AI Datafication Good practices

Technology should serve all of us and not only the privileged few

The Algorithmic Justice League (AJL) was formed by Joy Buolamwini, after having identified the racial and gender blind spots of AI software being developed and most commonly used in face-recognition services. Joy was developing her own tool for creating filters and add-ons to selfies taken by people, but through the whole development phase, she had to wear a mask because the software she used could not recognize her face to be a face. 


Notably, AI is a reflection of the data we feed it, it can operate in the spectrum of information and machine learning that its creators provide. The risks of AI are therefore notable and have in recent years been heavily discussed along with the implementation of, for example, AI for face recognition and law enforcement or AI used to in financial services and job hiring.


Joy created the AJL to promote inclusivity in code and AI development. Together with a team, they combine research on how AI forms biases and raises awareness on the experiences of AI on gender and race discrimination. The AJL promote equitable and accountable AI through 4 principles:


  • Affirmative consent
  • Meaningful transparency
  • Continuous oversight and accountability
  • Actionable critique


This can be seen through their many initiatives and research such as their publication Gender Shades: Intersectional Accuracy Disparities in Commercial Gender Classification or their advocacy actions. Letter To Congress For Suspension Of Use Of Face Recognition Technology. The Algorithmic Justice League wants the world to remember that:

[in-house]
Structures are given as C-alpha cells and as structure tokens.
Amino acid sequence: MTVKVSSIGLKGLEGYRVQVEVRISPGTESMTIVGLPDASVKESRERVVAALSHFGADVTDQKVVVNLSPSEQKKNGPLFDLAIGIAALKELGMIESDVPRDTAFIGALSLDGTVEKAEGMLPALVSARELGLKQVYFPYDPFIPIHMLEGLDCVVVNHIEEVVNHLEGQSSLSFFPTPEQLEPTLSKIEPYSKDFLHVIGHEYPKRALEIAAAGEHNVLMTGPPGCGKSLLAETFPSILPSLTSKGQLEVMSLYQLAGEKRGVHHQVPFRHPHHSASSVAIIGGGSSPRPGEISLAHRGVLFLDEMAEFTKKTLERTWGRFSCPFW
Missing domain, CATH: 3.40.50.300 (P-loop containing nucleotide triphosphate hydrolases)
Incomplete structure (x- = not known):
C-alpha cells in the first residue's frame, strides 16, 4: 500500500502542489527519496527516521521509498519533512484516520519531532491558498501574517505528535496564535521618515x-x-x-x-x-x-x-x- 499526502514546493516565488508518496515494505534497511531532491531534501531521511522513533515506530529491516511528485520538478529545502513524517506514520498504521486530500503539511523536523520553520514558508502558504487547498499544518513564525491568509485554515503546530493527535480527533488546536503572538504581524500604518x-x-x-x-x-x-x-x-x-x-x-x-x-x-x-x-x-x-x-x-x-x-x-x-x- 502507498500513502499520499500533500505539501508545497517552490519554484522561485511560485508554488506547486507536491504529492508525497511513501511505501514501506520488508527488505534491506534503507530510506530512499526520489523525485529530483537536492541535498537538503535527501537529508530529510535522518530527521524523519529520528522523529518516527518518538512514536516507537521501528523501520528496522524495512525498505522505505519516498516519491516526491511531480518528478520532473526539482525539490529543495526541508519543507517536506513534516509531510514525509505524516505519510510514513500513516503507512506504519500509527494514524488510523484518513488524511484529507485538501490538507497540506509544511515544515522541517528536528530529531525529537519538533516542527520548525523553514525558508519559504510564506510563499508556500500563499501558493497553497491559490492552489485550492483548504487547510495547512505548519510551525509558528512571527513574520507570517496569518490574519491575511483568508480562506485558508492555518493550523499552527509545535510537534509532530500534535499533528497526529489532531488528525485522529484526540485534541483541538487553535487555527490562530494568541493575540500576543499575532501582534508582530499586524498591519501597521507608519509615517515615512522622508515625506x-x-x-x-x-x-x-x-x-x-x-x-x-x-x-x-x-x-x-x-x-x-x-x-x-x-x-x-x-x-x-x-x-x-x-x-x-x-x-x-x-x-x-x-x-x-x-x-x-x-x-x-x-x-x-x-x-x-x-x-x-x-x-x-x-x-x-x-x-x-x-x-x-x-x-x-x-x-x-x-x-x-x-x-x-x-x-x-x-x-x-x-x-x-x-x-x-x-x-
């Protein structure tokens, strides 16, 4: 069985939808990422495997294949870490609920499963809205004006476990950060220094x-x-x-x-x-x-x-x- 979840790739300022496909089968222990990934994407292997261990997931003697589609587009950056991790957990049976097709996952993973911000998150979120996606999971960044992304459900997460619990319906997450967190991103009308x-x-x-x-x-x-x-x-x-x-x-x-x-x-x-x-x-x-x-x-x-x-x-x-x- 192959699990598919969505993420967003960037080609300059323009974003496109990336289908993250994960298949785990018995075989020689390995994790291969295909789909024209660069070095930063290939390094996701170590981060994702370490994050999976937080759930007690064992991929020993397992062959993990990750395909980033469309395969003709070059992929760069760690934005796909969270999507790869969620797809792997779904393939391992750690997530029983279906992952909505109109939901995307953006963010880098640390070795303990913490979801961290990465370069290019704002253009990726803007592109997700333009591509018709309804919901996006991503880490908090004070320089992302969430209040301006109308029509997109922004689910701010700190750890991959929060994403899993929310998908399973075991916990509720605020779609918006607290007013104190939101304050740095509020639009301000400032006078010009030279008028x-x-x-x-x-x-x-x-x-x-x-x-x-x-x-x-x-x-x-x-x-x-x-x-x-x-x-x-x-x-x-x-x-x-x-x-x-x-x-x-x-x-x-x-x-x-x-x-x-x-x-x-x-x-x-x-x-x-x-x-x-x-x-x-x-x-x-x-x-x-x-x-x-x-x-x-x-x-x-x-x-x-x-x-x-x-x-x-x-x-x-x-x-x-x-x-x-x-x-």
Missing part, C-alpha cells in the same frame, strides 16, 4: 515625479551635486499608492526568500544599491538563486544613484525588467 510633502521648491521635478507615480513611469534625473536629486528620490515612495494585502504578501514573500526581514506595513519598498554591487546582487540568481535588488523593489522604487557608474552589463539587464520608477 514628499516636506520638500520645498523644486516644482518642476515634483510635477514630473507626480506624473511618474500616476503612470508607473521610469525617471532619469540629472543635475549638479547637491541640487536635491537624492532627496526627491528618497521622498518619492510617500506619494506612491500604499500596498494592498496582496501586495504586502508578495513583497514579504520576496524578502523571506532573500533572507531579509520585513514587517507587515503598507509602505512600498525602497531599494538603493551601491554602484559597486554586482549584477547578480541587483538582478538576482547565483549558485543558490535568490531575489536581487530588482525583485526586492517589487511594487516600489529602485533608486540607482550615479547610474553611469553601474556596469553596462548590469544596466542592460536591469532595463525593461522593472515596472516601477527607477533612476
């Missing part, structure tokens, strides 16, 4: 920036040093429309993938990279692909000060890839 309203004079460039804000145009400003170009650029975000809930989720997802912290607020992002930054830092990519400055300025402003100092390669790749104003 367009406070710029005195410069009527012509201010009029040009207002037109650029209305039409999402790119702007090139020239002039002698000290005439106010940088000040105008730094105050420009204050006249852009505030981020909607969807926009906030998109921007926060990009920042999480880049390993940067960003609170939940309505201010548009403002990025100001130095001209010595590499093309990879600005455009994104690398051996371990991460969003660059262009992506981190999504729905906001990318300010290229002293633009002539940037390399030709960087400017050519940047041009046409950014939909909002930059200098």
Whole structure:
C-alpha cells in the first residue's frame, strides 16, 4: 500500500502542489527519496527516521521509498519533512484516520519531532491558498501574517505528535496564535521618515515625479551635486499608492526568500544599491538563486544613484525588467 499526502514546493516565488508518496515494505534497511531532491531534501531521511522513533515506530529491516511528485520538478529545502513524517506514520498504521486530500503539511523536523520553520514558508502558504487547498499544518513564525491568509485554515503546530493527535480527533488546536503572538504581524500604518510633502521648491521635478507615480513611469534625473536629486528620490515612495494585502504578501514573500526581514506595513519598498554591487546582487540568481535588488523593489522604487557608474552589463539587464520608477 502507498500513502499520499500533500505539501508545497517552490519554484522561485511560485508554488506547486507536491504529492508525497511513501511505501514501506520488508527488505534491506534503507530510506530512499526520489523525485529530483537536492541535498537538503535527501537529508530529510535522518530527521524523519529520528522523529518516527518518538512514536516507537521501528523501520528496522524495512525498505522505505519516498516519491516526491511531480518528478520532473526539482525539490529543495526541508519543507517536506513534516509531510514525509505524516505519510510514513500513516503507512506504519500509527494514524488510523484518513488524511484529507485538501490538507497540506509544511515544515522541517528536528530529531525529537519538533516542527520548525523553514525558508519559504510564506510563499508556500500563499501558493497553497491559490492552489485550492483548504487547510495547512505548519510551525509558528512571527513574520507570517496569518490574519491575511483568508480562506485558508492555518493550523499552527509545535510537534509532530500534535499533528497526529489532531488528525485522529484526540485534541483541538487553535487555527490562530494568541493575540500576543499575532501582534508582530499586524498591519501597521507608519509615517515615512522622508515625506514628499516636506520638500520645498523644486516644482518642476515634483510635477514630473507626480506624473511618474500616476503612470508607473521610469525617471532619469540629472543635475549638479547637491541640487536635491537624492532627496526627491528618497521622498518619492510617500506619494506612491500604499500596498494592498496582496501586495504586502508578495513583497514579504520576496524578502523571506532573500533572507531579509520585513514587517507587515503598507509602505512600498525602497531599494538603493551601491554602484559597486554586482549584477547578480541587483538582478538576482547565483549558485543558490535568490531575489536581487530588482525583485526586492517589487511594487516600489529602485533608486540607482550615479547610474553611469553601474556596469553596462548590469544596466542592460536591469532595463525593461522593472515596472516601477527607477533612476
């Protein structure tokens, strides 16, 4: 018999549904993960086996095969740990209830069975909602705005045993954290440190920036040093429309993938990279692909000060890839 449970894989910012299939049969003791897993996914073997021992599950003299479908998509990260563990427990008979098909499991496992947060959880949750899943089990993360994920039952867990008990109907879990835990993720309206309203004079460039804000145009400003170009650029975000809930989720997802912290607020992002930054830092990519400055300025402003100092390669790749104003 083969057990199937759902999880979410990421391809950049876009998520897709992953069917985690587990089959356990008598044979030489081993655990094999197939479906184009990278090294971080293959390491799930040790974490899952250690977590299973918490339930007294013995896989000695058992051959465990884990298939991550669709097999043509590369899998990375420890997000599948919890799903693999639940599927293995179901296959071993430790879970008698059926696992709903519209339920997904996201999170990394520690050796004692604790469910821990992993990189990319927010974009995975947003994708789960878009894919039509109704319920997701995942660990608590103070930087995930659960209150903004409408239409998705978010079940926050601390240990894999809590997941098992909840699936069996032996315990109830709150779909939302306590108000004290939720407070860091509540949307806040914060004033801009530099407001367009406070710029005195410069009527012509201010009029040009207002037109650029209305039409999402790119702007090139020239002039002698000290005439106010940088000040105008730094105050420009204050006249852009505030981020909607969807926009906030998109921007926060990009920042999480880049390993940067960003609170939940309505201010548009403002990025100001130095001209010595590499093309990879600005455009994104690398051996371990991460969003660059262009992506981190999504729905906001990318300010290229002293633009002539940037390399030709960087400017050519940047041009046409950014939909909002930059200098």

“WHO codes matters, HOW we code matters and that we can code a better future.” 

Learn more about their initiative on


We can also see connections of this in the development sector.

John Shawe-Taylor, UNESCO’s Chair for Artificial Intelligence, explains in an interview with Synced how he foresees supporting the work of UNESCO and the mission of the SDGs by empowering communities with knowledge of AI. He reflects on their practices in Africa and how UNESCO is trying to empower people on the ground to find solutions to some of the most pressing problems through AI. One of the core challenges he identified were cultural bias. When analysing some of the datasets in comparison to the cultural contexts in which the solutions are to be applied, a serious question of usefulness and accuracy had to be re-thought. A Western data set analysed through a Western model might not be relevant in for example rural Zimbabwe. Having data from various cultures and environments is crucial in learning from data that is relevant to the task.  


...we don’t realise how biased we are until we see an AI reproduce the same bias, and we see that it’s biased. – John Shawe-Taylor, UNESCO’s Chair for Artificial Intelligence


Photo by Peter G


Today we can see growing initiatives in the field of machine learning in Africa, that are taking the matters in their own hands to create systems that respond to the different realities and cultures of the continent. Some examples are the conference Indaba, a South African event created for best practice sharing on machine learning and artificial intelligence. The mission, as stated on their website… 


“… it is not for Africa to be observers and receivers /…/ but active shapers and owners of the technological advancements of Africa.”


Do you have any examples of successful practices in AI in Asia, Africa, South America? Let us know and share it with us in the comments.



(Feature image credit: Christina Woc in TechChat)

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